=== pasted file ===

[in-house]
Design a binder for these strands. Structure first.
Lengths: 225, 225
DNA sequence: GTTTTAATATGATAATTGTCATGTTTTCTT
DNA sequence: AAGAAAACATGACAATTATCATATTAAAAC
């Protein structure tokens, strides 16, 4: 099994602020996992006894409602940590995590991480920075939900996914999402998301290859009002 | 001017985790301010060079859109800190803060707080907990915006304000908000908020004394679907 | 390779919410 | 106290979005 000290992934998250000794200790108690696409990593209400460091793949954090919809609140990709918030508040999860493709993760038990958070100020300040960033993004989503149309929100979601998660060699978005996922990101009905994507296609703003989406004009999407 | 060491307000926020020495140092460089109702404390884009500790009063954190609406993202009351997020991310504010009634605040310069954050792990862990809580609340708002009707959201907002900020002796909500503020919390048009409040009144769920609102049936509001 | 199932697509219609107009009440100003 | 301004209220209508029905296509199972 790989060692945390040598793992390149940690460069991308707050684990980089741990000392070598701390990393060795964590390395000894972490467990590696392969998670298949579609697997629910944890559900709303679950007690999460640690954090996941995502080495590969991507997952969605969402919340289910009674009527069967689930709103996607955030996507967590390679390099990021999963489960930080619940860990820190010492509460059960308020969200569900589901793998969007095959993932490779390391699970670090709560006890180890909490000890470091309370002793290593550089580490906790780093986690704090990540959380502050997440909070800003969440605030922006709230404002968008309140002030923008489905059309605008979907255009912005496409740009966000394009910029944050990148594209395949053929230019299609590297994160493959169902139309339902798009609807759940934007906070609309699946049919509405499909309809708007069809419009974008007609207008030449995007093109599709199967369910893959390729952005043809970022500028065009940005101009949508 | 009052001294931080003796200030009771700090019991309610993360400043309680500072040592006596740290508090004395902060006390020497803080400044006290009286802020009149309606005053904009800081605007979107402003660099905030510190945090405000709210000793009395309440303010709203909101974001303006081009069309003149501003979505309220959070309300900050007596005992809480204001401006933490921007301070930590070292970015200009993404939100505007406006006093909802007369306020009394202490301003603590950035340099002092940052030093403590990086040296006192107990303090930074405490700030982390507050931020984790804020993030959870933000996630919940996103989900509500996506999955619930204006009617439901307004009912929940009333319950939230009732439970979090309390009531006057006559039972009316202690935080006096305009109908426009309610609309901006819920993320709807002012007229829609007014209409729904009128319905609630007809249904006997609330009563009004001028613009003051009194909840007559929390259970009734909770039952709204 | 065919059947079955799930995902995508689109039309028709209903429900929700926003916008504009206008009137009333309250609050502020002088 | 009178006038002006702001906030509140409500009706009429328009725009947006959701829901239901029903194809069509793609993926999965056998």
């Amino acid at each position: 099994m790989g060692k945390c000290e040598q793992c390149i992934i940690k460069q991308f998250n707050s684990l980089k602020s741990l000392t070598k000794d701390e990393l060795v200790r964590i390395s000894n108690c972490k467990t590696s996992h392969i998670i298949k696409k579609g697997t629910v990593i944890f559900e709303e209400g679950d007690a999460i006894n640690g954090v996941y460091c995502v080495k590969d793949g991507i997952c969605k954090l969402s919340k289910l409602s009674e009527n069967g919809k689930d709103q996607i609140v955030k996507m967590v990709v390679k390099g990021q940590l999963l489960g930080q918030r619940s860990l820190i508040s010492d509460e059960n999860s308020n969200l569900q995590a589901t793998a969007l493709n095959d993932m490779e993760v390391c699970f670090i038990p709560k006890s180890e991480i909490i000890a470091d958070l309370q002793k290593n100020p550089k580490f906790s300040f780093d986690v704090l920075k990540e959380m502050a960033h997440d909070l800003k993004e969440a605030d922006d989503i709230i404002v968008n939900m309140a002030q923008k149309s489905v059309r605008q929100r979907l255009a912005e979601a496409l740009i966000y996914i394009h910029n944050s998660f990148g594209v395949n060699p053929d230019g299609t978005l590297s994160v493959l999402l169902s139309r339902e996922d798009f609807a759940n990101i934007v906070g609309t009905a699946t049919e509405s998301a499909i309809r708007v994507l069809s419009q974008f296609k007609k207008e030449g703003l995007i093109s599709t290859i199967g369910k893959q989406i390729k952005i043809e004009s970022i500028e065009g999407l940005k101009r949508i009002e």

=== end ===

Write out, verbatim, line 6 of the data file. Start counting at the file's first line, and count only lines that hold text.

């Protein structure tokens, strides 16, 4: 099994602020996992006894409602940590995590991480920075939900996914999402998301290859009002 | 001017985790301010060079859109800190803060707080907990915006304000908000908020004394679907 | 390779919410 | 106290979005 000290992934998250000794200790108690696409990593209400460091793949954090919809609140990709918030508040999860493709993760038990958070100020300040960033993004989503149309929100979601998660060699978005996922990101009905994507296609703003989406004009999407 | 060491307000926020020495140092460089109702404390884009500790009063954190609406993202009351997020991310504010009634605040310069954050792990862990809580609340708002009707959201907002900020002796909500503020919390048009409040009144769920609102049936509001 | 199932697509219609107009009440100003 | 301004209220209508029905296509199972 790989060692945390040598793992390149940690460069991308707050684990980089741990000392070598701390990393060795964590390395000894972490467990590696392969998670298949579609697997629910944890559900709303679950007690999460640690954090996941995502080495590969991507997952969605969402919340289910009674009527069967689930709103996607955030996507967590390679390099990021999963489960930080619940860990820190010492509460059960308020969200569900589901793998969007095959993932490779390391699970670090709560006890180890909490000890470091309370002793290593550089580490906790780093986690704090990540959380502050997440909070800003969440605030922006709230404002968008309140002030923008489905059309605008979907255009912005496409740009966000394009910029944050990148594209395949053929230019299609590297994160493959169902139309339902798009609807759940934007906070609309699946049919509405499909309809708007069809419009974008007609207008030449995007093109599709199967369910893959390729952005043809970022500028065009940005101009949508 | 009052001294931080003796200030009771700090019991309610993360400043309680500072040592006596740290508090004395902060006390020497803080400044006290009286802020009149309606005053904009800081605007979107402003660099905030510190945090405000709210000793009395309440303010709203909101974001303006081009069309003149501003979505309220959070309300900050007596005992809480204001401006933490921007301070930590070292970015200009993404939100505007406006006093909802007369306020009394202490301003603590950035340099002092940052030093403590990086040296006192107990303090930074405490700030982390507050931020984790804020993030959870933000996630919940996103989900509500996506999955619930204006009617439901307004009912929940009333319950939230009732439970979090309390009531006057006559039972009316202690935080006096305009109908426009309610609309901006819920993320709807002012007229829609007014209409729904009128319905609630007809249904006997609330009563009004001028613009003051009194909840007559929390259970009734909770039952709204 | 065919059947079955799930995902995508689109039309028709209903429900929700926003916008504009206008009137009333309250609050502020002088 | 009178006038002006702001906030509140409500009706009429328009725009947006959701829901239901029903194809069509793609993926999965056998």